Inclusion and Care in the Community: parallel agendas with similar outcomes?

Johnson and Walmsley (2010) draw parallels between the closure of the large asylums in the UK in favour of ‘care in the community’ in the final decades of the 20th century, and the policy shift in education at around the same time away from ‘segregation’ and towards ‘inclusion’.

The advent of both inclusive education and care in the community can be said to have been nurtured by the United Nations Universal Declaration of Human Rights (1948). This brought about a number of significant conceptual shifts in both Health Care and Education in the UK. Segregated institutions of all types became subject to criticism, and this marked the beginning of the end for the large asylums (Frogley and Welch, 1993) as well as a ‘dogmatic attempt to discontinue special schools’ (Allan and Brown, 2001, p.200).  These policies in both health and education have been subject to scrutiny and criticism with the mildest of accusations being that they have suffered from what Hodkinson (2012) calls a ‘clash between ideality and practicality’ (p.7).

What is clear however, is that the perceived aims and benefits of care in the community and inclusive education have not been felt by those with the highest level of need.    The London Borough of Newham for instance was  the only education authority in the UK to accept fully the principle of  inclusion for children ‘whatever their special need’ (Newham Council, 1995), yet despite determined efforts to close all the special schools in the borough from 1984 onwards, a school catering for pupils with severe and profound and multiple learning difficulties (sld/pmld)  has survived (Jordan and Goodey, 2002), and mainstream secondary schools in the borough provide for pupils with higher level of need in resourced provision such as separate units or classrooms.

Parallels can perhaps be drawn here with the case of a user of mental health services in a large county council in the South of England. I have known ‘John’ for over 40 years. In the late 1970’s he spent several months in one of the large and very well resourced psychiatric hospitals which were once common in the outskirts of London. He was treated successfully, discharged and with GP support managed his condition for many years, had a career and a family. By the time he suffered a serious relapse about 6 years ago, the hospital which had treated him in the 1970’s – and would still have treated him today – had long gone:  its Victorian buildings bulldozed and replaced with an executive housing estate. With no home of his own John is now cared for ‘in the community’, which in his case means a drab and unregistered shared house in poor repair with no garden about 5 miles from the site of the old psychiatric hospital. The residents are looked after by care staff with no significant nursing qualifications and who provide very little in the way of social or community activities. The outlook for John is bleak and with very little contact outside the house his condition is deteriorating.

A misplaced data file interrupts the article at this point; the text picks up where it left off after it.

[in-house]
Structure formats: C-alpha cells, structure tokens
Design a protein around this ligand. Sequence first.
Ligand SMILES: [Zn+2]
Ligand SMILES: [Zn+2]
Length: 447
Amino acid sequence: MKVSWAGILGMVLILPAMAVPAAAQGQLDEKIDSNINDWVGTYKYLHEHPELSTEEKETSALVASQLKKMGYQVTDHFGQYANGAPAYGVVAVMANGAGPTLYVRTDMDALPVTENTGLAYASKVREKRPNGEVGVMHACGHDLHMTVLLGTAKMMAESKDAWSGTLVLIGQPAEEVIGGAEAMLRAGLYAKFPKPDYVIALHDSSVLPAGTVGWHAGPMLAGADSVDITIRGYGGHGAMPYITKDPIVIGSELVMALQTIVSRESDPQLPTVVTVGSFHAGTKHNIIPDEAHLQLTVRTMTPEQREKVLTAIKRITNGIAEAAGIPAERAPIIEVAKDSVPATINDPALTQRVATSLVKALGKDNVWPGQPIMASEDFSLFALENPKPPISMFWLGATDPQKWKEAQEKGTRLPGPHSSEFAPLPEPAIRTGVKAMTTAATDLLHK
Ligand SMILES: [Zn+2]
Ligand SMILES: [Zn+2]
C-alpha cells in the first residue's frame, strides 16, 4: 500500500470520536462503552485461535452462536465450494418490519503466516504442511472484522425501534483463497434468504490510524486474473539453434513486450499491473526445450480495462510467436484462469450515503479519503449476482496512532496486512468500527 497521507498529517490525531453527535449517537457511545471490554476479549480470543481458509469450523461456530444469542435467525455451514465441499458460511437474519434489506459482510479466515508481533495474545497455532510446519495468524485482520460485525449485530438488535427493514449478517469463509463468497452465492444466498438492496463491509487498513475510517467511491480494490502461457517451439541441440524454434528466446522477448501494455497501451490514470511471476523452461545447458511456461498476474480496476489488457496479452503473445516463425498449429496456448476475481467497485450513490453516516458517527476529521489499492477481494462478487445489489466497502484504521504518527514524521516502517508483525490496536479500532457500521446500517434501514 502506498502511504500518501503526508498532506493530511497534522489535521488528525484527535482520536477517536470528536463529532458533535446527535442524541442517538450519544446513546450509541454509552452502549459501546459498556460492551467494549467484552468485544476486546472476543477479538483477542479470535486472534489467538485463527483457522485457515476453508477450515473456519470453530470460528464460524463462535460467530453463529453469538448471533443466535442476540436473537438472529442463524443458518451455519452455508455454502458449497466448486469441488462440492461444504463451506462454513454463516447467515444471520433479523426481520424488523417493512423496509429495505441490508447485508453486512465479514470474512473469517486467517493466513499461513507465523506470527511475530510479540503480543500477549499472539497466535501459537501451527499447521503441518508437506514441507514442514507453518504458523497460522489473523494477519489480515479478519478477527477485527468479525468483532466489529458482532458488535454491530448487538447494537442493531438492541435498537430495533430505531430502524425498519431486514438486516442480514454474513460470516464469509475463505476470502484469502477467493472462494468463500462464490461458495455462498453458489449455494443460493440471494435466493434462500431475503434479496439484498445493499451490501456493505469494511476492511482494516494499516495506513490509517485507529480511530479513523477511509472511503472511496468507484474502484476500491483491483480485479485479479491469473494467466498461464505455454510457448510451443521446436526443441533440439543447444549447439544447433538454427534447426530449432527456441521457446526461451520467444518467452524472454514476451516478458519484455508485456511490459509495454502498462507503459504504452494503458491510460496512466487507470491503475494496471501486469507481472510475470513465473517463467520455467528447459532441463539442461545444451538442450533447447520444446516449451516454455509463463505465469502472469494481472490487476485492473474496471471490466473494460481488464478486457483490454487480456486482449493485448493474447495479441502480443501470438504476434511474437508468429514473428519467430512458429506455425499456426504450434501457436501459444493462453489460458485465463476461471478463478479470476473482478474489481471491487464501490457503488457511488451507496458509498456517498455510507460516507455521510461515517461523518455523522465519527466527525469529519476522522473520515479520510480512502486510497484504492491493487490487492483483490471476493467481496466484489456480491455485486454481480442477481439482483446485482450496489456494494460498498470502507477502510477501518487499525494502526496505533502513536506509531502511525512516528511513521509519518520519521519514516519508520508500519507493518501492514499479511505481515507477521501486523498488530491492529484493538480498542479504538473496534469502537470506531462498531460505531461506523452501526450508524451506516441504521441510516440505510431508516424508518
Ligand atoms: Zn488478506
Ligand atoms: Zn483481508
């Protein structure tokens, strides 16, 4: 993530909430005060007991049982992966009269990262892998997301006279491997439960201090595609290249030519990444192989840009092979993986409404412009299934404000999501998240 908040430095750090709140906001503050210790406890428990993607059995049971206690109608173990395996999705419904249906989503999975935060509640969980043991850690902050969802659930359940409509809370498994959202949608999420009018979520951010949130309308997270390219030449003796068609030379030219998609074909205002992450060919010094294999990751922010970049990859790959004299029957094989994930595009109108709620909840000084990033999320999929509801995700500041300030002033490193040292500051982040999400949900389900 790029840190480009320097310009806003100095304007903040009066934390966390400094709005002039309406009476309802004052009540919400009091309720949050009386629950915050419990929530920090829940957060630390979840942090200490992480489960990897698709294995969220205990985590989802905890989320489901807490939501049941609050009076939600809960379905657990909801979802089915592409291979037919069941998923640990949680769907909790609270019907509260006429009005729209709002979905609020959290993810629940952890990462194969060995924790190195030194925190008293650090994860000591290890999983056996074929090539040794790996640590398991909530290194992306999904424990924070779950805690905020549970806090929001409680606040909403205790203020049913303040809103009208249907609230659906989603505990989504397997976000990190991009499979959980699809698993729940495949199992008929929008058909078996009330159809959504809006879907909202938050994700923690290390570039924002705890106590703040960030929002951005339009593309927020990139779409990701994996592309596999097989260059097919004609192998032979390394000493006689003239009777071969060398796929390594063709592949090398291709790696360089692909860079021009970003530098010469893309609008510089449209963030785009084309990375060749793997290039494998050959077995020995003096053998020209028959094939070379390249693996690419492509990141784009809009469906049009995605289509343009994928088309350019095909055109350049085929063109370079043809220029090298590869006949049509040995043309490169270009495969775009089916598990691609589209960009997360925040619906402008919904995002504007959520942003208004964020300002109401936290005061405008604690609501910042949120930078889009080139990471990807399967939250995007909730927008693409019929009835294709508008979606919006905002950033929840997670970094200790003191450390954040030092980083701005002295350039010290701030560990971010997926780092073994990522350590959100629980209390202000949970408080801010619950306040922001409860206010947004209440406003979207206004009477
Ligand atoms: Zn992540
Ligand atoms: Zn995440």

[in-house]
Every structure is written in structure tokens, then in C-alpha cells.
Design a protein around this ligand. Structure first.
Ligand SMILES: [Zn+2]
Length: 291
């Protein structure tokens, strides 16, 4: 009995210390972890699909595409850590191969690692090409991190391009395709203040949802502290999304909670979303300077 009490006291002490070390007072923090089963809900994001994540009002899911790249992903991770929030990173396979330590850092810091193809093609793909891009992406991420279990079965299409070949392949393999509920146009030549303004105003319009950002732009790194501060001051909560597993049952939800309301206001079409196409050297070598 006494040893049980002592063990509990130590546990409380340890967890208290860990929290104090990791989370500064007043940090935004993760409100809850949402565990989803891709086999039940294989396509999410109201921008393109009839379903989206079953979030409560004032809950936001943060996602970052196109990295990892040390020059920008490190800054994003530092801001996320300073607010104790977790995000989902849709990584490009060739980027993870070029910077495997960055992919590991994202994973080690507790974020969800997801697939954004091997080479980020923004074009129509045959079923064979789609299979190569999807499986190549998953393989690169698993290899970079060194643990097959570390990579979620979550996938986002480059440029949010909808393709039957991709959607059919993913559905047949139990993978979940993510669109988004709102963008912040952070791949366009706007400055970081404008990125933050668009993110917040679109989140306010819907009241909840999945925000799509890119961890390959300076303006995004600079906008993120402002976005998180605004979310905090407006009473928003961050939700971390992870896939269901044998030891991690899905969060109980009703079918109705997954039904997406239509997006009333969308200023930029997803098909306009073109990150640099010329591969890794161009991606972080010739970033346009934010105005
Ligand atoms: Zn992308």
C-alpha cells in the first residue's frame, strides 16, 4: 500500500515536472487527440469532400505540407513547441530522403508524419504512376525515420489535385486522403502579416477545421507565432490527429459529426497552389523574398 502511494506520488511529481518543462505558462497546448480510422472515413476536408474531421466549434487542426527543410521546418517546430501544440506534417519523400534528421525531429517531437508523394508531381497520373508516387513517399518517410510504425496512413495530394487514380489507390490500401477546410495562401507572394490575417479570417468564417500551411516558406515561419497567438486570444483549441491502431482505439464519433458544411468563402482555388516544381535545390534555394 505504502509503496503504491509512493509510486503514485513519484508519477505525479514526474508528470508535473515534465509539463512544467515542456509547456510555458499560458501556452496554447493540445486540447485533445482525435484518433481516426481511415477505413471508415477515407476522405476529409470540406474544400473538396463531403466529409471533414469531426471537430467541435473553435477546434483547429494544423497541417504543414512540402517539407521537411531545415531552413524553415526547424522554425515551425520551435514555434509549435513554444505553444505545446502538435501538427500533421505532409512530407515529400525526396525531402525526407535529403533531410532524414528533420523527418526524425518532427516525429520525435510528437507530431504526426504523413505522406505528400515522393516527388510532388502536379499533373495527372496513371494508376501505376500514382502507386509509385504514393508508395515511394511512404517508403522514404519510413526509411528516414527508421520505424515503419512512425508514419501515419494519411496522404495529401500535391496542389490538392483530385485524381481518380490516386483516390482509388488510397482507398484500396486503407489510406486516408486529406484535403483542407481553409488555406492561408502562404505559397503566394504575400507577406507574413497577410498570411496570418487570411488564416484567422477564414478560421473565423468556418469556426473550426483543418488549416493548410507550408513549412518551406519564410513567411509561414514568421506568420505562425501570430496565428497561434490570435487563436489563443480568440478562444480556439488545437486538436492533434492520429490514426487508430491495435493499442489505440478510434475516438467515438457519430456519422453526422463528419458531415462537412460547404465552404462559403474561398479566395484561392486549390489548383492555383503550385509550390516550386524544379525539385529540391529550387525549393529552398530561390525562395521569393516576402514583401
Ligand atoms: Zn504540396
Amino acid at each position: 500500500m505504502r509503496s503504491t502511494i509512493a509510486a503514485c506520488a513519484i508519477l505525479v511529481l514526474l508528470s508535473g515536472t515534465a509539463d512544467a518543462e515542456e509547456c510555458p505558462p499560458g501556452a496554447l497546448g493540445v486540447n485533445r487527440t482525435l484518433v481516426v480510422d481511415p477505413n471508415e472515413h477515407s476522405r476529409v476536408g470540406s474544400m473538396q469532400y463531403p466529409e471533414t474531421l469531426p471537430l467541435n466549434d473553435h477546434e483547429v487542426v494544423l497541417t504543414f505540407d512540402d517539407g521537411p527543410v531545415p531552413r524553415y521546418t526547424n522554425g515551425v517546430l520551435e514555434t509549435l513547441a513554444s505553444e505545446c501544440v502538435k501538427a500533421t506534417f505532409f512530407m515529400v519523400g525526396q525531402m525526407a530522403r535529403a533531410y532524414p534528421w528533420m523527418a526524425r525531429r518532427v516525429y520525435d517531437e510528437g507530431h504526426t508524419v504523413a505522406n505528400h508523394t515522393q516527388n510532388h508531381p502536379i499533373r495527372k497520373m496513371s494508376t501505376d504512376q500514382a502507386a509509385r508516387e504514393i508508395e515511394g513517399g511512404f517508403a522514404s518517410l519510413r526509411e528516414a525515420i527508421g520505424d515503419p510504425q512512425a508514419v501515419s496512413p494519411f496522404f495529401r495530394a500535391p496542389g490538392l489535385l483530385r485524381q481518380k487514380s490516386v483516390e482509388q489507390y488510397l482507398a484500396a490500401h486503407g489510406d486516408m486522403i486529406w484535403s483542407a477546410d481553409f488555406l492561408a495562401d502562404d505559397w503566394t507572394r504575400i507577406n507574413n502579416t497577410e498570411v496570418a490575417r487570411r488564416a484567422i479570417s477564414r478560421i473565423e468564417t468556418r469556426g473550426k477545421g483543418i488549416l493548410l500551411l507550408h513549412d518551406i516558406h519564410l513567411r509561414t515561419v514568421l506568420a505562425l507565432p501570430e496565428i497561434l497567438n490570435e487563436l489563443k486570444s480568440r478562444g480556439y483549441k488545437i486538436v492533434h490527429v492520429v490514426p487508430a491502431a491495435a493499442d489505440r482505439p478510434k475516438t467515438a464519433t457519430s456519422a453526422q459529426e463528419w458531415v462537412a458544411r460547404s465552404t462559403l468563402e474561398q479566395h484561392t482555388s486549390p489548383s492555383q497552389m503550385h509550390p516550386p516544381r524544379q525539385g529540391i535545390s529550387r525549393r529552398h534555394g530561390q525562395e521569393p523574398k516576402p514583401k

I am not suggesting in any way that the educational provision for people with sld/pmld is substandard in the same way that care provision clearly is for John. Most provision for those with sld/pmld is excellent irrespective of the setting and for the majority that setting is a special school.

What I am suggesting is that in both health and education, those with the highest level of need have not been adequately included in the parallel agendas of inclusive education and care in the community. The moral rightness of full inclusion and care in the community is axiomatic (*), and so it should be, but as Runswick Cole (2010) suggests, it can also be naïve, especially when it implies the simple placement of those with sld/pmld in inclusive settings or the simple placement of people with complex mental health conditions in the community. ‘All’ really should mean ‘all’ irrespective of cost or the challenges full inclusion might bring.


(*) Axiomatic = self-evident or obvious



Allan, J and Brown, S (2001) Special Schools and Inclusion, Educational review, 53 (2),     2001: pp.199-207


Frogley, G and Welch J. (1993) A Pictorial History of Netherne Hospital. Redhill: East Surrey        Area Health Authority.


Hodkinson, A. (2012) Illusionary Inclusion. What went wrong with New Labour’s landmark           educational policy? British Journal of Special Education. 39 (1): 4 – 10


Johnson, K and Walmsley, J. (2010) People with intellectual disabilities – towards a good life. Bristol: The Policy Press.


Jordan, L and Goodey, C. (2002) Human Rights and School Closure – the Newham Story. Bristol: CSIE


Newham Council (1995). Review of Inclusive Education Strategy: Consultation Document


Runswick-Cole, K. (2011) Time to end the bias towards inclusion. British Journal of Special          Education. 38 (3): 112-119

United Nations (1948) Universal Declaration of Human Rights. New York: United Nations




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